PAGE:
No doubt a legend in UK Hip Hop and easily one of the most talented wordsmiths to ever grace our shores, Jehst has been at the forefront of the UK’s Hip Hop scene for the past decade and a half. He’s released four LPs, each one iconic in its own right, produces some of the flyest beats and heads his own forward-thinking well-established label YNR Productions (which, by the way, is putting out some serious game changers in music this year).
So, first things first, could you fill us in on your movements since you dropped The Dragon Of An Ordinary Family last year?
I guess I’ve been continuing to promote the album – touring Australia with Bliss N Eso and M-Phazes. Plus we put out the remix version of the album just before Christmas. Putting a lot of hours in at the studio for the next album as well as production and guest verses for a bunch of artists… Just working hard basically!
Most people that know and respect UK Hip-Hop hold you as one of, if not the most, talented artist in the genre. When did you start writing lyrics and is it easy to get an objective view on your music i.e. to know when the lyrics are strong or where it might need improvements?
Yeah it can be at times if I’m working in isolation. I don’t surround myself with ‘yes men’ so I benefit greatly from bouncing stuff of my team. If there’s a few heads in the lab and I catch a vibe I know instantly from the reaction whether a verse is strong or not.
We premiered the video for your collaboration with Blossom on Project Mooncircle back in December, and you’re also performing at the Jazz Cafe tonight with Strange U who are signed to one of our favourite London-based Electronic labels Eglo Records. Would you be interested in doing more Electronic cross-over collaborations?
No doubt. You’ll definitely be hearing more music from me that can be categorized in that way. And more music on YNR that doesn’t necessarily fit into the traditional Hip Hop bracket. I’ve actually just recorded a track with Om Unit that’s set to drop on Metalheadz before the end of the year. Obviously I’ve already worked with artists like Alix Perez, Kidkanevil, Mo Kolours, Author, DRS… There are a lot of other cats that I’d like to work with to. Too many to mention here.
Your track England was so poignant at a time of serious unrest with the London riots etc, and your lyrics have always been so political. What drives you to write this sort of lyrics?
I don’t really see myself as a quote/unquote “political” rapper. But at the same time I don’t see anything as being off limits artistically. Music should be an open dialogue but there’s a huge culture of self-censorship among artists nowadays and particularly within Hip Hop. For understandable reasons.
There does seem to be a really healthy re-energisation of UK Hip Hop as of late, with artists such as Hawk House making serious waves across the Atlantic whilst staying true to the left-field style of the genre. What are your thoughts on the UK Hip Hop scene as of now, and how do you think it can be taken to the next level of recognition?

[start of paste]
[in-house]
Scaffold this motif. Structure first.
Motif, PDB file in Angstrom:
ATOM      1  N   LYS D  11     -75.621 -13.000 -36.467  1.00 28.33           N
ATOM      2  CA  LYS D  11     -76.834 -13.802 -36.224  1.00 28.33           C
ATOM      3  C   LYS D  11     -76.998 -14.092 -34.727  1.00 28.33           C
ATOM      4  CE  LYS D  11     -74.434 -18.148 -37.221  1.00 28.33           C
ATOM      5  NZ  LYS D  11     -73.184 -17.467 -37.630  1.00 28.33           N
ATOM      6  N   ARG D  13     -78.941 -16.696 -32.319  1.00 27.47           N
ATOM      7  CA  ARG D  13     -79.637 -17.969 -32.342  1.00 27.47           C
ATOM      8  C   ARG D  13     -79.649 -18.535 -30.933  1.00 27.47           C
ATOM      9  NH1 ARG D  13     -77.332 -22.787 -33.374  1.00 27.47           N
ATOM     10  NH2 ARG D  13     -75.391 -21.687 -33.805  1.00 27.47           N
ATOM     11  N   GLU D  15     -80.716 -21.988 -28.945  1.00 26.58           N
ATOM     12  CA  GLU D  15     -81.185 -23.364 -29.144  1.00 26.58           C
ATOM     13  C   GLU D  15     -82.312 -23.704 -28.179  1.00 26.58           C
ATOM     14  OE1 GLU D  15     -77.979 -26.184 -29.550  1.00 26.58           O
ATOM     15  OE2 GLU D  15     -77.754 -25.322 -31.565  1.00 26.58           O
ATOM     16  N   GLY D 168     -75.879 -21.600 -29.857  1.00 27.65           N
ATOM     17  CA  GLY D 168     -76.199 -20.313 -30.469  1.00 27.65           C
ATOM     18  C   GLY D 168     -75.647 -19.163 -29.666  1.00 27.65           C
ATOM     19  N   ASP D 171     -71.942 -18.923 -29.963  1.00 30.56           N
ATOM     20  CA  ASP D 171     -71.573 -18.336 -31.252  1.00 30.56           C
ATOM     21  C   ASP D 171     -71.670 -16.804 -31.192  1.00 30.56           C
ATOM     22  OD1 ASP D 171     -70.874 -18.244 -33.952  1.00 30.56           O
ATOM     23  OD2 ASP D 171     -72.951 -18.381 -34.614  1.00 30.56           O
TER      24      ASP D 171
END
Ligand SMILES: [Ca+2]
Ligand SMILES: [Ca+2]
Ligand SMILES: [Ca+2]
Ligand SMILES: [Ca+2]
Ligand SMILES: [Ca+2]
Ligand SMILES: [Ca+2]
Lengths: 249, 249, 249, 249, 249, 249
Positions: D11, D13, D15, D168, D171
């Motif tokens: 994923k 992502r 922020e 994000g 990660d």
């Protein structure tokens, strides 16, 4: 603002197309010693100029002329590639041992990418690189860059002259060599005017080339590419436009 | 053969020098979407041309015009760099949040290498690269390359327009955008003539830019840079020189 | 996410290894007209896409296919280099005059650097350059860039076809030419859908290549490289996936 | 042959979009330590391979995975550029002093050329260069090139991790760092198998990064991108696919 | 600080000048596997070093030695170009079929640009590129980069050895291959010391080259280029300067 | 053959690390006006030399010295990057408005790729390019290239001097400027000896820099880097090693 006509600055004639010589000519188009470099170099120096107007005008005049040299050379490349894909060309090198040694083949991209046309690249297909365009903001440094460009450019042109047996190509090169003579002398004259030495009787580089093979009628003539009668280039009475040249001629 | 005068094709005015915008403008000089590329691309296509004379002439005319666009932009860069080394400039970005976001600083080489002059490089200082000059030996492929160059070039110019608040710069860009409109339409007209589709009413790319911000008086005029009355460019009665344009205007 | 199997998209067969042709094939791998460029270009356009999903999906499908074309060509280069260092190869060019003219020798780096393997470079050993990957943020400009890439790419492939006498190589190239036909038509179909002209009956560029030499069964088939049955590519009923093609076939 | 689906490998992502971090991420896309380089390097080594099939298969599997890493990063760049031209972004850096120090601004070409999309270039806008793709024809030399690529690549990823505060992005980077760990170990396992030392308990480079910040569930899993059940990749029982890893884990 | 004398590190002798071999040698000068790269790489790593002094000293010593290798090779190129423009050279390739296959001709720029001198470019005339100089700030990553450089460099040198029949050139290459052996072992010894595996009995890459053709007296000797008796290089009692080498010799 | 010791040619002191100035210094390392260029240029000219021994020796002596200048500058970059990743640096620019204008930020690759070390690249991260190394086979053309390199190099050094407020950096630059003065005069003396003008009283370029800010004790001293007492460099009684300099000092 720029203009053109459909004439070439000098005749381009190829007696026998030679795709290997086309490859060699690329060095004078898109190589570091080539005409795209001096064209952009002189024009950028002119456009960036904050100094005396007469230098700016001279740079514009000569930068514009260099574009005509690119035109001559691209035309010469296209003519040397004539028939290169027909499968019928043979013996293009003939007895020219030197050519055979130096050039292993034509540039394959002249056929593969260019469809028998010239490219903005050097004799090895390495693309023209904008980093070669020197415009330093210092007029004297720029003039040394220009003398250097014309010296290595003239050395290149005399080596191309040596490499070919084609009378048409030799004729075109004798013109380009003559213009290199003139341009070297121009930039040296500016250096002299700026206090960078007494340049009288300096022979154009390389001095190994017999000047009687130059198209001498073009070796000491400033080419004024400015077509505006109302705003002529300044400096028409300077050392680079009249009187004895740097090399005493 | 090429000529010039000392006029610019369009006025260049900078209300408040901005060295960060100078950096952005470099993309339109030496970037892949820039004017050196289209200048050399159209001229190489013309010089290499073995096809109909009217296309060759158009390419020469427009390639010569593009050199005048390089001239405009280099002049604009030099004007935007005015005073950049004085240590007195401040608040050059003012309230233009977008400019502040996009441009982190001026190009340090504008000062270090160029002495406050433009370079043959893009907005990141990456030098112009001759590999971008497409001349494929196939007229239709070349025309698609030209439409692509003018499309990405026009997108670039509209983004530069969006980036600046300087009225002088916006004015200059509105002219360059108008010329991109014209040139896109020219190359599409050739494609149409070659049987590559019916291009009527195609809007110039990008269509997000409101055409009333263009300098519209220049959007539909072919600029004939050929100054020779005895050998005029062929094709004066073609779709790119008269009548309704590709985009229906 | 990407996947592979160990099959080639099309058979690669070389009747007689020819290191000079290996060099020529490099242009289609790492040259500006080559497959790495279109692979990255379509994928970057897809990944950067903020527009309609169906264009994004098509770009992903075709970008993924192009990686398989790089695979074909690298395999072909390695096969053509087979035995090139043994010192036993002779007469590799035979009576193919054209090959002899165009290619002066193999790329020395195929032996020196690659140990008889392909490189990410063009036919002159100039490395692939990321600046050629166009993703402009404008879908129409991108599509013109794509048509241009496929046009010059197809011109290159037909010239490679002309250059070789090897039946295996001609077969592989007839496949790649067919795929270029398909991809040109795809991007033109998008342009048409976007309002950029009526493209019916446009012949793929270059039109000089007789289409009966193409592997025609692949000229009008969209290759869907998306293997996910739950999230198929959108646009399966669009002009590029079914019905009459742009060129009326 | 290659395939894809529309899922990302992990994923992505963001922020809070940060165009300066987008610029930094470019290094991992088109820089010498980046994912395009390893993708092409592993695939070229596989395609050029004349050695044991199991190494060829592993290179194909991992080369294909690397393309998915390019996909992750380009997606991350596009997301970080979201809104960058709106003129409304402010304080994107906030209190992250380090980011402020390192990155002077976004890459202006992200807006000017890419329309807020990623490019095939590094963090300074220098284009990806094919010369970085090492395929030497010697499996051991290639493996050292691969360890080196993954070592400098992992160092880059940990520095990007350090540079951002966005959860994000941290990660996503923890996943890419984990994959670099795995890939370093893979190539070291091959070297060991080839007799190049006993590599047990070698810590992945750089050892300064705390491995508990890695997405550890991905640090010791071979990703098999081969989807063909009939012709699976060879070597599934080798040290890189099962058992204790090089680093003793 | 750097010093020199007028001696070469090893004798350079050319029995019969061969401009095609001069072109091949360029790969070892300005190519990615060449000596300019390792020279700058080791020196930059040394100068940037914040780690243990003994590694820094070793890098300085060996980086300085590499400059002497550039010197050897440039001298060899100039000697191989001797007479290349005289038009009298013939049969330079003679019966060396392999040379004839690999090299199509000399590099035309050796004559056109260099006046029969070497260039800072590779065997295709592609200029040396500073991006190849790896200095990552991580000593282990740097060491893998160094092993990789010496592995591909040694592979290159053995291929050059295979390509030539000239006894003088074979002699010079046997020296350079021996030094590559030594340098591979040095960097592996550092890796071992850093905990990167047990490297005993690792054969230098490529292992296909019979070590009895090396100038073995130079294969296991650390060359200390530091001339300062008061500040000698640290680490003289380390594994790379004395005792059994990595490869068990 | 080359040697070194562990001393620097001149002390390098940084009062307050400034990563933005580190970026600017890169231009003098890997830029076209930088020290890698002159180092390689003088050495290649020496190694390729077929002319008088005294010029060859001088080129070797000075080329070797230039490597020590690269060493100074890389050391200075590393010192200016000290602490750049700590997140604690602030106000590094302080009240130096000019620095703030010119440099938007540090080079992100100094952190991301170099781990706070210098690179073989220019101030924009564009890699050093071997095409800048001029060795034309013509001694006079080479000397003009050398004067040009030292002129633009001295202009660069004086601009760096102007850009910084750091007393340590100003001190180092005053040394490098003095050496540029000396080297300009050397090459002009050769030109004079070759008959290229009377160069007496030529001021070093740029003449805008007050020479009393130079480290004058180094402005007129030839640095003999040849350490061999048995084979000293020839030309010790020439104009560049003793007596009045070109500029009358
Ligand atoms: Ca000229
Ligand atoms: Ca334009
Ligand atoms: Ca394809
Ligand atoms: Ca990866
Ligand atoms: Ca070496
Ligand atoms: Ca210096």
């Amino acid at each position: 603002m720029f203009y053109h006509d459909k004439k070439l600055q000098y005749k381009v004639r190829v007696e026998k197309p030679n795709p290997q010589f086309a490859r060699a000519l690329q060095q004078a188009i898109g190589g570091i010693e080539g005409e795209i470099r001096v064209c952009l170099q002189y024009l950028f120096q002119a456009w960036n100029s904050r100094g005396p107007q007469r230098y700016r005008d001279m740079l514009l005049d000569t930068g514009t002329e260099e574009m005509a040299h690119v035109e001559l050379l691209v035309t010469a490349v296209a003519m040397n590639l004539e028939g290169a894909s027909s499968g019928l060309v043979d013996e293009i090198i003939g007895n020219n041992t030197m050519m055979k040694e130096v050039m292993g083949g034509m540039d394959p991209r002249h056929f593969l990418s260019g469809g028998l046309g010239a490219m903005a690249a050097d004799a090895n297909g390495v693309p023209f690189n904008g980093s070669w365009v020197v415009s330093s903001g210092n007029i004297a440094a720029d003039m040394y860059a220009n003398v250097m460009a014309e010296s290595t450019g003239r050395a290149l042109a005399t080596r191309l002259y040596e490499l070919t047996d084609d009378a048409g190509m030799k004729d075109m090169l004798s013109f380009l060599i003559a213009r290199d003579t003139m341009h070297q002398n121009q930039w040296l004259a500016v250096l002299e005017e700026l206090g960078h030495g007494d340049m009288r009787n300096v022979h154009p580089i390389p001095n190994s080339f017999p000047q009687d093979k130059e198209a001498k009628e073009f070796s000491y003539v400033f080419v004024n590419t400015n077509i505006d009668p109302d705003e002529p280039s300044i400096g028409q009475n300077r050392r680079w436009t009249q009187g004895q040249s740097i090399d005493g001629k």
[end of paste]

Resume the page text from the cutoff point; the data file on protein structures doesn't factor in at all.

We’ve just got to put out dope music and work hard to make sure it gets heard. It’s not rocket science, but at the same time the infrastructure for so-called ‘urban’ music in the UK is still developing so with all the will, or money in the world there is still a bit of a ‘glass-ceiling’ situation here. I think that right now targeting the states is really important so big up the likes of Hawk House, Lil’ Simz and my peoples Beat Butcha and Paul White making moves over there.
Any chances of Champions of Nature ever getting back together for an album? I think there would be serious scope for a super-UK Hip-Hop group to take the scene by storm now?
Unfortunately I don’t think that will ever happen but I think you’ve got a very valid point about the whole super-group idea…
How do you think the musical aesthetic of Hip Hop has changed over the last 20 years?
It contracted and now it’s expanding – like lungs. And as long as it’s alive and well that’s how the cycle will continue to repeat itself. Hip Hop started from a place of being completely musically open – a break could come from any record, any genre. Then it developed into it’s own form of music with rules and guidelines to the production process. But that got stale. So now it’s back to encompassing any and all elements of the music of the day – as it did in the beginning. And through this period a new set of norms will be established and so on and so forth…
We’re really impressed by YNR‘s release of Confucius MC. What else have you got planned for YNR in 2014?
Look out for the sophomore album from Telemachus. It’s called In Morocco and it’s basically beats with a really strong world music influence. In particular the music of Morocco. It’s an incredible piece of music and very difficult to categorise!
We hear you’re working on a new album, could you give us a sneaky insight into what it’s going to be like?
I could do. But then I’d have to kill you.
Could you tell us a bit about your upcoming performance at the Jazz Cafe tonight?
It should be a pretty comprehensive set covering tracks old and new. It’s always a challenge to get the balance right with that. We’ve got Strange U playing in support too, which I’m looking forward to. If you don’t know about them then get to know. In fact, make sure you don’t turn up late and miss out!